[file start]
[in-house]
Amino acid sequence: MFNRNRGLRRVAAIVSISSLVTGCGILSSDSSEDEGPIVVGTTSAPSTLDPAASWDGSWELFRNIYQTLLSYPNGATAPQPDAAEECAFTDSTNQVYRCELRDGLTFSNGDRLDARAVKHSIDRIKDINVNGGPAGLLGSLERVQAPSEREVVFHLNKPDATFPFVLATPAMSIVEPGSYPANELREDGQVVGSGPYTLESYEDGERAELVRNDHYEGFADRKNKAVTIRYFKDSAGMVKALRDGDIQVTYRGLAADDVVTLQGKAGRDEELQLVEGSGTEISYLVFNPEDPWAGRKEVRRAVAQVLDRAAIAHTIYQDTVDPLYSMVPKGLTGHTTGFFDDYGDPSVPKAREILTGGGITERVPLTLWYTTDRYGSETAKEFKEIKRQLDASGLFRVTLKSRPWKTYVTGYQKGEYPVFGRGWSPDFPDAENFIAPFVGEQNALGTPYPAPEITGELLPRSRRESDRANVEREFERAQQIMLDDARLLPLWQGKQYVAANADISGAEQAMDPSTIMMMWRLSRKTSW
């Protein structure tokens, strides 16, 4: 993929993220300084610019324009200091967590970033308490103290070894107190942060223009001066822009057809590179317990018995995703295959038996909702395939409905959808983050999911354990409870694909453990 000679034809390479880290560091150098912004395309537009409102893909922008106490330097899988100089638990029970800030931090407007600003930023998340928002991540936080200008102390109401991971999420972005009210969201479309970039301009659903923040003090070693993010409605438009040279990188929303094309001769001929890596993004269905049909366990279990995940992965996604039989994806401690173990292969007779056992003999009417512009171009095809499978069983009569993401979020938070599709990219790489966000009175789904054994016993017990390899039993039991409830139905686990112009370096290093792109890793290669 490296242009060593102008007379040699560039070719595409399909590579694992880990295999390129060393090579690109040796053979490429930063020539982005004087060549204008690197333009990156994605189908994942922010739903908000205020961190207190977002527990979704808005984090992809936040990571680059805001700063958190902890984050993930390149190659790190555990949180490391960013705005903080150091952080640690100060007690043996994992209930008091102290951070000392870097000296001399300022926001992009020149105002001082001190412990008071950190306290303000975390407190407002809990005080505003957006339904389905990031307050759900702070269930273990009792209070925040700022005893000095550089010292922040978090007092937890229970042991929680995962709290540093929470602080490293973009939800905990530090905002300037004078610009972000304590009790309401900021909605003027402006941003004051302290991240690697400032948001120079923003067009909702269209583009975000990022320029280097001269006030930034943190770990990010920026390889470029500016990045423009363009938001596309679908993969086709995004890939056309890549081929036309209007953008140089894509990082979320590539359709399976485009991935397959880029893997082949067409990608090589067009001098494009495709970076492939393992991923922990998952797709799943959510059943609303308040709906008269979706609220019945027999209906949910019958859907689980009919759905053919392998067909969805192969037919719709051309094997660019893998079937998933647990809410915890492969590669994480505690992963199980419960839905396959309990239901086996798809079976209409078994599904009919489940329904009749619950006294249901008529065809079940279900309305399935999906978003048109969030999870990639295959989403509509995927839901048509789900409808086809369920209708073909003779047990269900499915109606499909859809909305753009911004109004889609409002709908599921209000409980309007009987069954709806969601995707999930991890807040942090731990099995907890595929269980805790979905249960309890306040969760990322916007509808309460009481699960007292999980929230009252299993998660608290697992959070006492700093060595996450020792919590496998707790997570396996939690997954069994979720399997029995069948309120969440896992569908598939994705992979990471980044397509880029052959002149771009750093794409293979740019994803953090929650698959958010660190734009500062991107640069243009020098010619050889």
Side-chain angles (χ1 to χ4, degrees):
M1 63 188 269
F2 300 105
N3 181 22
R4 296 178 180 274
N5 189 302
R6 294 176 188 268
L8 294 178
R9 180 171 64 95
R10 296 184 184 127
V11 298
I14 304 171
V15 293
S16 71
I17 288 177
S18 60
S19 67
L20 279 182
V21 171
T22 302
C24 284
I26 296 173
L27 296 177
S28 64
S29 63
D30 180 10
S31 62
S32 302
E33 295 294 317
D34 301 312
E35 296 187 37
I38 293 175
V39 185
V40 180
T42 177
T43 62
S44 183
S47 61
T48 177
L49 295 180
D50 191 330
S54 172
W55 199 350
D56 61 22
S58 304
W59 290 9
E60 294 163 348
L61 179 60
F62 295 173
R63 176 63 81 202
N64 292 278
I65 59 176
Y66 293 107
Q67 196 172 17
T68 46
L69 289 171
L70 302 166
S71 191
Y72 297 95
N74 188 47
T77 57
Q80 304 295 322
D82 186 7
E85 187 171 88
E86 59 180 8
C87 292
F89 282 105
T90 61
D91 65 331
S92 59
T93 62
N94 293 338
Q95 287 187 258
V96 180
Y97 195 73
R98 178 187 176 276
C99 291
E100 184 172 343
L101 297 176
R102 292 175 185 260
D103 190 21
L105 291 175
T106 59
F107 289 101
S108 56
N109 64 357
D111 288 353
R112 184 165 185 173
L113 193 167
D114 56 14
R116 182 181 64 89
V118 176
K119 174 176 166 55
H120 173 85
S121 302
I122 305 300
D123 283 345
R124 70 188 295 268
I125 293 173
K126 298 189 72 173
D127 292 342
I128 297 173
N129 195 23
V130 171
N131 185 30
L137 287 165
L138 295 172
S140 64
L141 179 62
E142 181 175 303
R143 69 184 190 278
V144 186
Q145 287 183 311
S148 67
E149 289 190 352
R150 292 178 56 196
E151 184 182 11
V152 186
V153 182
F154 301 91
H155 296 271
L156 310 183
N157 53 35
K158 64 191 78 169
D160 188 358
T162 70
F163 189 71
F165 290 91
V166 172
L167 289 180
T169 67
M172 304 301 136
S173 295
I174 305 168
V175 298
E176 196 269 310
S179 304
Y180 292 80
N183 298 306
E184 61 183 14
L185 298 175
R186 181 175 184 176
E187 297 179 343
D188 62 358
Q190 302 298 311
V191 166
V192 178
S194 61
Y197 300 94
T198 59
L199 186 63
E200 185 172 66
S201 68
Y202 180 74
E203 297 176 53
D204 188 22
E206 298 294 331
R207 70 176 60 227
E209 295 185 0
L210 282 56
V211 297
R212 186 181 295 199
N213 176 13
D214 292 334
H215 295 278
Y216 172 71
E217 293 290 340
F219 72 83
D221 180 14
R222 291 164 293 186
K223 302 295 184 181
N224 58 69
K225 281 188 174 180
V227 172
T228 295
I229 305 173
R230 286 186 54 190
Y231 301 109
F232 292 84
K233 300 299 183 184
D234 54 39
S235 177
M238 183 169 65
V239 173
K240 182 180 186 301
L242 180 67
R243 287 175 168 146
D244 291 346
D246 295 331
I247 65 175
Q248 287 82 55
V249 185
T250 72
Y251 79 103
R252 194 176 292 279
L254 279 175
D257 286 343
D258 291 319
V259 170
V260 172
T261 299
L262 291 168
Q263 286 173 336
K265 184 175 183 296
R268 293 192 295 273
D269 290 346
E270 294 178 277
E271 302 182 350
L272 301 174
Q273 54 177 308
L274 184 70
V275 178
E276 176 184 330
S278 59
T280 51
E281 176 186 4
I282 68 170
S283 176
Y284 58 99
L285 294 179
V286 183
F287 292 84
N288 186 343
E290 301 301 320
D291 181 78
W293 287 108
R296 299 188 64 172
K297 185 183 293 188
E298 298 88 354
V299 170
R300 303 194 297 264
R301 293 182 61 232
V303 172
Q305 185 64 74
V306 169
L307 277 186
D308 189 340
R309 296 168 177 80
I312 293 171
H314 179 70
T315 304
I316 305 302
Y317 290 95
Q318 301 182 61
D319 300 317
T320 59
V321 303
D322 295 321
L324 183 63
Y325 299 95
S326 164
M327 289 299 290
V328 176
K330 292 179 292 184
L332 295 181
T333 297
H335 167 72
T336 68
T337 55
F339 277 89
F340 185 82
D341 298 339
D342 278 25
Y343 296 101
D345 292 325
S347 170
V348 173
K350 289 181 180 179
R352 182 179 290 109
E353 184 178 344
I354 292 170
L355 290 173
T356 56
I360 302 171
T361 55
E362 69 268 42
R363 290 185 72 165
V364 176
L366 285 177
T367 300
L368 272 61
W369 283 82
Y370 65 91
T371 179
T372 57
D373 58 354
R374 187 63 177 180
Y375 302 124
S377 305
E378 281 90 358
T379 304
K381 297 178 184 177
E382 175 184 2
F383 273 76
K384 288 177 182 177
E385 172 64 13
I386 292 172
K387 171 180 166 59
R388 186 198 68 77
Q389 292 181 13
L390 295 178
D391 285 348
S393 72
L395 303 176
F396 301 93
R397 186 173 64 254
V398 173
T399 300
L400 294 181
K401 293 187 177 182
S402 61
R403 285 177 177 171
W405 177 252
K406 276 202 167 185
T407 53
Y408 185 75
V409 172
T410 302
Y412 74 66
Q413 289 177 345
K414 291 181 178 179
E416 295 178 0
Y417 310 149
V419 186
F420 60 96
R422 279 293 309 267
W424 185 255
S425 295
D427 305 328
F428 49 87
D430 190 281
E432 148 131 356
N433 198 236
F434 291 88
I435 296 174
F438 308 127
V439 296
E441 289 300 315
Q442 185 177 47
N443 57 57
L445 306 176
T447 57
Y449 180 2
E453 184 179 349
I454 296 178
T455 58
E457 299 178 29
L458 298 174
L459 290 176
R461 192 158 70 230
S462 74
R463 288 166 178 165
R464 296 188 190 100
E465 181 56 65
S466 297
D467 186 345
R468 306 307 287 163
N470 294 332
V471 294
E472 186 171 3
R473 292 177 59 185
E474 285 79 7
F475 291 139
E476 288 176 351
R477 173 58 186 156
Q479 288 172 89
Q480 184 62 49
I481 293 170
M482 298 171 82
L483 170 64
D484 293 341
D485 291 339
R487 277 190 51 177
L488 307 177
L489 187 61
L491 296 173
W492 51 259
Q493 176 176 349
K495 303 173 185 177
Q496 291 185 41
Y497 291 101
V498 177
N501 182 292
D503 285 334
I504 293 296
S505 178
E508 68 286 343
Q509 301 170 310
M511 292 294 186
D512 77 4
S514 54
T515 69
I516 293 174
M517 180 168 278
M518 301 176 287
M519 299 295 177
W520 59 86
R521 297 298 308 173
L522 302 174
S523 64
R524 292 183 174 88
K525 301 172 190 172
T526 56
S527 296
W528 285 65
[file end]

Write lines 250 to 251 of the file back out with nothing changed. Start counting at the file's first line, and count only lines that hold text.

V321 303
D322 295 321